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Ottawa launches national school food policy consultations

Ottawa launches national school food policy consultations

One in five Canadian children are at risk of going to school hungry

By Diego Flammini
Staff Writer
Farms.com

The federal government wants Canadians to provide input about a national school food policy.

An online questionnaire is available to Canadians until Dec. 16.

The survey asks multiple questions, including what’s important for the success of a school food policy and what objectives the policy should accomplish.

A discussion paper is also available.

It outlines important background information on the benefits of school food programs.

School food policy question
A question from the federal government's online questionnaire about a national school food policy.

These can include supporting local farmers and sustainable food systems.

Ensuring children have access to food is an easy idea to get behind, said Karina Gould, minister of families, children and social development.

“I think (everyone) will agree that no child should go to school on an empty stomach,” she said during the Nov. 16 announcement at Carson Grove Elementary School in Gloucester, Ont. “Unfortunately, the reality in Canada is that one in five children are at risk of going to school hungry on any given day.”

The number of kids going to school hungry has increased.

Prior to the pandemic, about one million Canadian children started their school day without breakfast. That number is now more than two million, the Breakfast Club of Canada says.

Canada is behind other countries when it comes to national school food policy.

Over 388 million children in at least 161 countries receive free or subsidized school meals, according to the World Food Programme.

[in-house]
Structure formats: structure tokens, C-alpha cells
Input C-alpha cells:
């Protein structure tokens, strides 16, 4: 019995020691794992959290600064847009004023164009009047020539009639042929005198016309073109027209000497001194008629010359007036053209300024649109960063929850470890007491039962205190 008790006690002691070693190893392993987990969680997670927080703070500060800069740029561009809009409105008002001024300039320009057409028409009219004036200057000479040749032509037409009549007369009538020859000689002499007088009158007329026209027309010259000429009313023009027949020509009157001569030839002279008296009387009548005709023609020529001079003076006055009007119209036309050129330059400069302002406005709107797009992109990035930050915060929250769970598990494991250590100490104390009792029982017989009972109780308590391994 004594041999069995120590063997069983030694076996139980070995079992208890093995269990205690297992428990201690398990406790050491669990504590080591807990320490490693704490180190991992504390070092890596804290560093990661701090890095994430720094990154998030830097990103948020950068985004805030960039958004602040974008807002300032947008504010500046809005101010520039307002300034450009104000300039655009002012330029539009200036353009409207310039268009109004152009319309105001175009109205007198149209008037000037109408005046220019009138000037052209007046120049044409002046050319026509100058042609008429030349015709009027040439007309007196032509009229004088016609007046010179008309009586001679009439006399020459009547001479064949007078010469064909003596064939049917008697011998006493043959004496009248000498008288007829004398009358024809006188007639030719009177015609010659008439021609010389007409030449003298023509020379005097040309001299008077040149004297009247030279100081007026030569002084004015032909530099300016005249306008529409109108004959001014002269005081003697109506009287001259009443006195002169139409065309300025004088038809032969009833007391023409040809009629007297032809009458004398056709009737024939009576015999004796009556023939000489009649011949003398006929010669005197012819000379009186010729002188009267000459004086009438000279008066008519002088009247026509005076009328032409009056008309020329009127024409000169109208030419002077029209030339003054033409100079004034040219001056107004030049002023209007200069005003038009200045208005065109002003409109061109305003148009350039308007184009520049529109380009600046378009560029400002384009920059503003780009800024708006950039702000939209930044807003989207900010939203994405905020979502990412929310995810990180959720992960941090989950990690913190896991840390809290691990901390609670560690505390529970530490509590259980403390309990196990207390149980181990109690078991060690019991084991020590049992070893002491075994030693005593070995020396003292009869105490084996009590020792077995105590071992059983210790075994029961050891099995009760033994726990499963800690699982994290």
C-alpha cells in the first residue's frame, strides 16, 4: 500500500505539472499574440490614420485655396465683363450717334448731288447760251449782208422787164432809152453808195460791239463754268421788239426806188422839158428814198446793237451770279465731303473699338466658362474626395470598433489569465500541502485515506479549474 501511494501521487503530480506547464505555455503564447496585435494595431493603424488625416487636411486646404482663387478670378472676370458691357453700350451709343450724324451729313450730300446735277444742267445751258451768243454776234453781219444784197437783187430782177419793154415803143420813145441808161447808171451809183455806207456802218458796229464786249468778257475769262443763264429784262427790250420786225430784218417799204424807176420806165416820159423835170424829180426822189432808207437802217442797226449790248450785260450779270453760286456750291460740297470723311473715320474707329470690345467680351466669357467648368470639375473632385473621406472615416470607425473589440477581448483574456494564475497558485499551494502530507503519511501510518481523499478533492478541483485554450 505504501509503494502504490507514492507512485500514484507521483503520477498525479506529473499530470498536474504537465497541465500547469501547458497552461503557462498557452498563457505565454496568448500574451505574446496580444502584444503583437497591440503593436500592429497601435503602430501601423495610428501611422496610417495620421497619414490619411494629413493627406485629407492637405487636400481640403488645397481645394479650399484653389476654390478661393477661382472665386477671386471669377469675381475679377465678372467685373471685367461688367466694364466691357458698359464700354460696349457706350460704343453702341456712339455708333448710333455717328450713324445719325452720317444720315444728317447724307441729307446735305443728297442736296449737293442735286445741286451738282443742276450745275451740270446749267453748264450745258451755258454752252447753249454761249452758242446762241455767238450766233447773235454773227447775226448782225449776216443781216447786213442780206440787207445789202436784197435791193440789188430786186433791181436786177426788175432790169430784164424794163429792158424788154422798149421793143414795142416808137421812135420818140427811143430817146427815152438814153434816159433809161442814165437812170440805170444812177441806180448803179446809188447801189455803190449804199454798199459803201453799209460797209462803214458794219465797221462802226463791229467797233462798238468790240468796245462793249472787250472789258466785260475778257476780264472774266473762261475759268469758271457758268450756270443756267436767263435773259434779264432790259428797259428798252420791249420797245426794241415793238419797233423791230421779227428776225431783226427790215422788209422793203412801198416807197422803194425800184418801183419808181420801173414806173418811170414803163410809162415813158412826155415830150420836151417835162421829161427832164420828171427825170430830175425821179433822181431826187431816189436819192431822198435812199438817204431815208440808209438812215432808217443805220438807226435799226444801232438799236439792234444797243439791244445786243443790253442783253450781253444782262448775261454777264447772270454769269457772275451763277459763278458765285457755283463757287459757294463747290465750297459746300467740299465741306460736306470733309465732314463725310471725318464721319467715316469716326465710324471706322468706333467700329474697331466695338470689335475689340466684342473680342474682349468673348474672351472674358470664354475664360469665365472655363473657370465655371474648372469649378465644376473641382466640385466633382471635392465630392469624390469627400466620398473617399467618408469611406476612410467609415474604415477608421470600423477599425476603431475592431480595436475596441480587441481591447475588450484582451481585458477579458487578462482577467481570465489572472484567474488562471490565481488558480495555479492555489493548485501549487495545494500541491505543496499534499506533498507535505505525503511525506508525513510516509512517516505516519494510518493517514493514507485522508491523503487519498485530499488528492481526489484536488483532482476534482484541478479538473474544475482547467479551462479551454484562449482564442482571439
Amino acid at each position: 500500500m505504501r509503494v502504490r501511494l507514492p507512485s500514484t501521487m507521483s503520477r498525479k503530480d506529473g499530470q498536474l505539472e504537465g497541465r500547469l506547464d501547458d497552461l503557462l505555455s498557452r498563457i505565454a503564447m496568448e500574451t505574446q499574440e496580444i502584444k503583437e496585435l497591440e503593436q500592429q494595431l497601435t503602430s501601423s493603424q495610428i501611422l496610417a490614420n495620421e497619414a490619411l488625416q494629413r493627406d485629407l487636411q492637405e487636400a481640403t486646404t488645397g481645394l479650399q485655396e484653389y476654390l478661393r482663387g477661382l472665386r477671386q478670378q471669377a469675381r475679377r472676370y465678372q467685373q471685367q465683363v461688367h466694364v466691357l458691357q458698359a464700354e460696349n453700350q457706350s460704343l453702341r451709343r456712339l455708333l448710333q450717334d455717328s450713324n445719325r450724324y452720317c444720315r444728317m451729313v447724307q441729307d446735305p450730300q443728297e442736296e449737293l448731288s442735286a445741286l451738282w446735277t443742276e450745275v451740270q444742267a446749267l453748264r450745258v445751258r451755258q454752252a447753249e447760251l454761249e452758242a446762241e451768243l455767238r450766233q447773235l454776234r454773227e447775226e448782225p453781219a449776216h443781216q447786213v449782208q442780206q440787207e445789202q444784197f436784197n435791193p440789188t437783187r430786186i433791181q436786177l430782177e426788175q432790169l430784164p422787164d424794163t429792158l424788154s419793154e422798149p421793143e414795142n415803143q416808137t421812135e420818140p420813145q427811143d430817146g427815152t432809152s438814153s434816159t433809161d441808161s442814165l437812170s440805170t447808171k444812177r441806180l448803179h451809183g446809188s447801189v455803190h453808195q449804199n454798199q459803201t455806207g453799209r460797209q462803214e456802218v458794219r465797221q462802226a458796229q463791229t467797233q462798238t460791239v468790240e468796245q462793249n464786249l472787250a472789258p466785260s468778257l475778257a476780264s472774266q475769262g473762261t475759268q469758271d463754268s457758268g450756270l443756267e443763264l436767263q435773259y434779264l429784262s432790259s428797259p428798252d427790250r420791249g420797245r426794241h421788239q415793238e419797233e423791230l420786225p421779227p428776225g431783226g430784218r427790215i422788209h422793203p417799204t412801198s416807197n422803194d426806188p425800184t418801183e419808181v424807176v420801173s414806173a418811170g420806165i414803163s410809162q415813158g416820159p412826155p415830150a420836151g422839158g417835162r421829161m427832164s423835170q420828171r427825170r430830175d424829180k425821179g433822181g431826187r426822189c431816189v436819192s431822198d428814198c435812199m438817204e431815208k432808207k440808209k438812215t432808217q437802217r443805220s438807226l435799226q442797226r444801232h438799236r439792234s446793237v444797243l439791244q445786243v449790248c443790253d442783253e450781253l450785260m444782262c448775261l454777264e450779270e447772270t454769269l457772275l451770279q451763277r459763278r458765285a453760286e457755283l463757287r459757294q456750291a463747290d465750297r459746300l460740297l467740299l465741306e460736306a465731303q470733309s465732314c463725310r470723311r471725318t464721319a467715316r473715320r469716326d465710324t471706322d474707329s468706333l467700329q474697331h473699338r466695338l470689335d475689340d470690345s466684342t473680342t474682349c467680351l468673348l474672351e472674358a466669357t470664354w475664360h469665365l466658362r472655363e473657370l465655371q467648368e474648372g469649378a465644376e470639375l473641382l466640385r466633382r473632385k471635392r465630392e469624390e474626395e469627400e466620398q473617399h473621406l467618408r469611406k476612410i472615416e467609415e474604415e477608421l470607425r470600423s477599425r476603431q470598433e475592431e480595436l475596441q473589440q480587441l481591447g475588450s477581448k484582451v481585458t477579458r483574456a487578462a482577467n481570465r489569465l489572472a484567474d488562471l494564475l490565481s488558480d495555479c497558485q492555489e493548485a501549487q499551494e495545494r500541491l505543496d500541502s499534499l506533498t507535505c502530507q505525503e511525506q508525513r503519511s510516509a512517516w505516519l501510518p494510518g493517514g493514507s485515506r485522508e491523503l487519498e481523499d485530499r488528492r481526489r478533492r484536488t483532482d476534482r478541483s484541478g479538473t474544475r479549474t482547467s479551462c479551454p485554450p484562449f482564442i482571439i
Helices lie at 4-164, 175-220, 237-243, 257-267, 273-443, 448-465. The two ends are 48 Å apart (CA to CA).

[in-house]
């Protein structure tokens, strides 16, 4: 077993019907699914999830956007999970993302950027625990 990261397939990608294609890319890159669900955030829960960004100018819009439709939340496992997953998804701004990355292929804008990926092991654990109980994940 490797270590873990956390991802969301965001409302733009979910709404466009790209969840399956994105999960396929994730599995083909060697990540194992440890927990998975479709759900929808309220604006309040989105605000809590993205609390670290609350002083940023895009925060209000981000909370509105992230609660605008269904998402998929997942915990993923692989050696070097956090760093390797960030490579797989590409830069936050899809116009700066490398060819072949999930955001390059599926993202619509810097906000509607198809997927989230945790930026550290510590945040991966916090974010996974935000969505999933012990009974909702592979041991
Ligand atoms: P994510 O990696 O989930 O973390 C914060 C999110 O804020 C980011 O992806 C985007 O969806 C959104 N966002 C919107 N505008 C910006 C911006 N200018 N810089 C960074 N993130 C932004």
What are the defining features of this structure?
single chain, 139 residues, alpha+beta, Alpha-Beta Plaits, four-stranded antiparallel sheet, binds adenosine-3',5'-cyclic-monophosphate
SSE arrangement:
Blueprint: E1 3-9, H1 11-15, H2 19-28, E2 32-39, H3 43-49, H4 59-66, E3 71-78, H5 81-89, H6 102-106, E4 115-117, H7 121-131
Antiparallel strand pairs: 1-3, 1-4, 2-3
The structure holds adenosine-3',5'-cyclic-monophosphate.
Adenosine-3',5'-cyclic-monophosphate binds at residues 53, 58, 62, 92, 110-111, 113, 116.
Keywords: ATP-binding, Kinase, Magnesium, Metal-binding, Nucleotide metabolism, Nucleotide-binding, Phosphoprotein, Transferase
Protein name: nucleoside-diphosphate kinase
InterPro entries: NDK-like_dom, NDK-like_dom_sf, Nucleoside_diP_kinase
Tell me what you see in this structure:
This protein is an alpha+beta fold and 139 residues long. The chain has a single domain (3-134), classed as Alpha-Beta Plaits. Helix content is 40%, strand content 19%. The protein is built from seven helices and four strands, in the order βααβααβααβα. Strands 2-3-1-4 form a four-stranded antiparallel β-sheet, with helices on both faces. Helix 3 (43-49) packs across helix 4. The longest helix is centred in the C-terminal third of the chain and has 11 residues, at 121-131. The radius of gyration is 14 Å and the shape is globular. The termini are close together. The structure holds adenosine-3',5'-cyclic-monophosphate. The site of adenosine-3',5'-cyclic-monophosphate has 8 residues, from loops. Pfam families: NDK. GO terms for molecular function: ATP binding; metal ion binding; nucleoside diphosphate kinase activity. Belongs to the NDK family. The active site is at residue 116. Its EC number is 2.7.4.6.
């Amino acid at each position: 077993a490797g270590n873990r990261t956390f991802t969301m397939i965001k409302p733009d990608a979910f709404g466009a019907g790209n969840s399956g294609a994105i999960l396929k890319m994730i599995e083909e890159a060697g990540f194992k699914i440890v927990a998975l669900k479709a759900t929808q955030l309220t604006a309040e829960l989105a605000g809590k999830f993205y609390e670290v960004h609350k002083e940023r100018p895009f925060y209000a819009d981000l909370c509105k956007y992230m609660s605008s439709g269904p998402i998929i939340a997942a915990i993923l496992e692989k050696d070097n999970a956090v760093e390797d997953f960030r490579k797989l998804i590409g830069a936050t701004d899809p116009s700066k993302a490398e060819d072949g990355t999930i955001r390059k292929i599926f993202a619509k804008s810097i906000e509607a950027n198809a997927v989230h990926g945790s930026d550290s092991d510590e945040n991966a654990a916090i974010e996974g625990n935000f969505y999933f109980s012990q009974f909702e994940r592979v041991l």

But Canada is not one of those countries.

“A lot of other countries are much further ahead than Canada,” said Tammara Soma, research director at Simon Fraser University’s Food Systems Lab. “Some places not only have breakfast programs, but lunch programs and snack programs too. “In Canada, this is the first time the Canadian government will be walking the talk. Usually it’s charities and organizations that have taken this kind of work on.”

Soma and her colleagues have been studying how a national ‘right to food’ strategy could benefit Canadian farmers. Her work also includes looking at how to bring a school food program to British Columbia.

A national school policy can have multiple benefits for the ag sector.

Canada loses or wastes about 35.5 million metric tonnes of food each year. This costs the economy about $49.5 billion, Second Harvest and Value Chain International reported in 2020.

Having another outlet for food will help reduce waste and support farmers, said Tammara Soma,

“Speaking to stakeholders, I know farmers are interested in finding alternative markets for their products,” she said. “School food can provide opportunities for farmers, especially if there’s a strong emphasis in supporting local food and funding local food, that can be a great solution for growers.

"You also have farmers who till some crops underground because it doesn't meet aesthetic stanards from the grocery stores, so the farmers over produce to ensure they have enough to sell. That doesn't matter in a school setting, so farmers wouldn't have to see their hard work go to waste."

The online consultations are a good start for the policy development.

But the finer details of the policy will be just as important, she said.

“We can’t have a program that creates more stigma around food insecurity,” she said. “Also, we have to look at culturally important foods because Canada is a very diverse nation and that should be reflected in any policy.”

How any national school food policy is mobilized is also important.

A streamlined approach for schools and farmers is necessary to ensure the policy’s success, Soma said.

“There needs to be a form of aggregation to help facilitate the procurement process with the schools,” she said. “Teachers don’t have the time to figure out what farmer to call or how to deal with the orders. And farmers need to know which schools are looking for which crops.”


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